The Wisconsin Medical Society plans to create a center focused on fighting physician burnout this year as well as pursue legislation to create a physician health program, according to a recent report showing more than half of Wisconsin physicians reporting burnout.
The report, based on a survey of 1,165 Wisconsin doctors, showed that nearly 53.5 percent are experiencing one symptom of burnout. And 47.1 percent plan to decrease clinical hours or retire early in the next five years.
“We continue to see higher percentages of physicians identifying one or more of the symptoms of burnout,” said society CEO Dr. Bud Chumbley. “That’s troublesome.”
The survey found that electronic health records were a top stressor for doctors, as well as government and insurance regulations and an unsupportive work environment.
To address burnout, Chumbley said that the society is planning to launch the Center for Physician Empowerment this year, which will seek to convene health systems in the state to share what they’re doing to address burnout efforts.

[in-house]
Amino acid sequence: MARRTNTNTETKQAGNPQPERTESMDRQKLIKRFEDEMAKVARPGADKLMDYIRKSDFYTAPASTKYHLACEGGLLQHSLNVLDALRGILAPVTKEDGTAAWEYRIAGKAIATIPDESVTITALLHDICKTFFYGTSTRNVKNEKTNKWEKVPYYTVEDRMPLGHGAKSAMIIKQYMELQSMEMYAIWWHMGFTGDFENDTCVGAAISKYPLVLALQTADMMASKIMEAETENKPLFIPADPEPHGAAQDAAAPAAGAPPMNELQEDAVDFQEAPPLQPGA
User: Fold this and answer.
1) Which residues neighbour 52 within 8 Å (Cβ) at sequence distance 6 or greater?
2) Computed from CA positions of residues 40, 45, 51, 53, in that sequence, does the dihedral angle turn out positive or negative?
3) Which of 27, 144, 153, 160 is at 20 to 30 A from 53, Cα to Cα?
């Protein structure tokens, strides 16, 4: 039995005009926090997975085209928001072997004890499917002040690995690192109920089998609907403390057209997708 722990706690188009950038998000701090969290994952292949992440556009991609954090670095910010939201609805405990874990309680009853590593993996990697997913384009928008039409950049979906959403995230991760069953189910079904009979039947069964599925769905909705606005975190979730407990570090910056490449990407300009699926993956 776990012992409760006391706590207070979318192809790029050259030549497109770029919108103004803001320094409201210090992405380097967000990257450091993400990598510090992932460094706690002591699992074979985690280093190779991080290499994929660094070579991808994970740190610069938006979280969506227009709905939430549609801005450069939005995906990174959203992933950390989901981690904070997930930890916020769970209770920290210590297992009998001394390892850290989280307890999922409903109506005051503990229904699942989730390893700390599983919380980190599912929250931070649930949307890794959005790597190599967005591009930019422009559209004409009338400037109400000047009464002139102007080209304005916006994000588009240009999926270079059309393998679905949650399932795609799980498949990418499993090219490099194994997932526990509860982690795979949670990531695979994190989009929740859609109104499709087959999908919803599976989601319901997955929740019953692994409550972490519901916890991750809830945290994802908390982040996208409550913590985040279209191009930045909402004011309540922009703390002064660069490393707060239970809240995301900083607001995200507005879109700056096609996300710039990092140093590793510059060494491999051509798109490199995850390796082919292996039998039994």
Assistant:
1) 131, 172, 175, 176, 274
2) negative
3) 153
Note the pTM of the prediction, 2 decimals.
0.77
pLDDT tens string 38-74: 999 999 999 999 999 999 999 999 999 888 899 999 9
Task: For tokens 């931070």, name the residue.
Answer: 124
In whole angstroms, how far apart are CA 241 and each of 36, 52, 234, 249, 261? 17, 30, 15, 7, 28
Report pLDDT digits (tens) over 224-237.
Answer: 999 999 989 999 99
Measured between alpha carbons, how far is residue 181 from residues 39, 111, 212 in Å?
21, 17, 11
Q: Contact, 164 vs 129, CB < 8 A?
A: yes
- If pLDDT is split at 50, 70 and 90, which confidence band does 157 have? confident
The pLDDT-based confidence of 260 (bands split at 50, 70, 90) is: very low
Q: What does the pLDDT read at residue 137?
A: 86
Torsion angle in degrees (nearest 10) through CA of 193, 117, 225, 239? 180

They’re also working on additional physician leadership and mentorship programs. Chumbley also said he's spoken with Verona-based Epic about the problem as well. He’s hoping to talk with insurers about their policies too.
“Our job is to identify these problems, try to get those individuals who can help solve them,” Chumbley said. “Hopefully, if we get all those people in a room, talking about how to solve it, that’s the best way to reverse this trend.”
The medical society is also working with the Medical Examining Board to develop legislation that would create a physician health program run by the state.
Chumbley said Wisconsin is one of the few states that doesn't have a physician health program. The society previously ran such a program, but it ended in 2007 due to "legal concerns and difficulties coordinating funding for the program," the report noted.